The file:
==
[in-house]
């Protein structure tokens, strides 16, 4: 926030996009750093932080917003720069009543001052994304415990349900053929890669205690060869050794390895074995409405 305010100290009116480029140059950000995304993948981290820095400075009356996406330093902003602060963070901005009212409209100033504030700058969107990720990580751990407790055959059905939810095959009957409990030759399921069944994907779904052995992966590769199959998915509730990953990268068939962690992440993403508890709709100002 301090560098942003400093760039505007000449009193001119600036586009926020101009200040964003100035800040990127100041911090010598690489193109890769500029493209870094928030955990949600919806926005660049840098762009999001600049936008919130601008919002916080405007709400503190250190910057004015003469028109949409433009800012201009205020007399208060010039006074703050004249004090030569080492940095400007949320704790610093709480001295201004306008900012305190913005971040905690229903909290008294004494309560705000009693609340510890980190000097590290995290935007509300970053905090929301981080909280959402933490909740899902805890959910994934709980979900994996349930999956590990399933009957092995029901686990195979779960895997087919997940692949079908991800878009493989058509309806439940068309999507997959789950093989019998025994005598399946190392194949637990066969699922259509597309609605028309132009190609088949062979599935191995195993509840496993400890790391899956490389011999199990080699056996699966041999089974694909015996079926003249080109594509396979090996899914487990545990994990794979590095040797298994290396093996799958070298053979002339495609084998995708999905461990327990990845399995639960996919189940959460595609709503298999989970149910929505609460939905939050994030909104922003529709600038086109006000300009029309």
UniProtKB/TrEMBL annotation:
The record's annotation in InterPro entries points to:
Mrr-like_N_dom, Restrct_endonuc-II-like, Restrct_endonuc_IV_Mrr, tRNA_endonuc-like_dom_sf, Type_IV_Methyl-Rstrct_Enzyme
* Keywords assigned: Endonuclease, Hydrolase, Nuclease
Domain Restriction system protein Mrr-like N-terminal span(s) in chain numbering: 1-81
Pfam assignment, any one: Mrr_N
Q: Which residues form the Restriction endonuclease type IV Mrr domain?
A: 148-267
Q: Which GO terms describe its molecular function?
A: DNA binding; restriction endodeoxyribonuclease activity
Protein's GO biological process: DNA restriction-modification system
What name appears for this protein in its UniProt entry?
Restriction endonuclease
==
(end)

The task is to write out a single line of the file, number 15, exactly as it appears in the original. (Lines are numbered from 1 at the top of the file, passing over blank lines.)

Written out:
Restriction endonuclease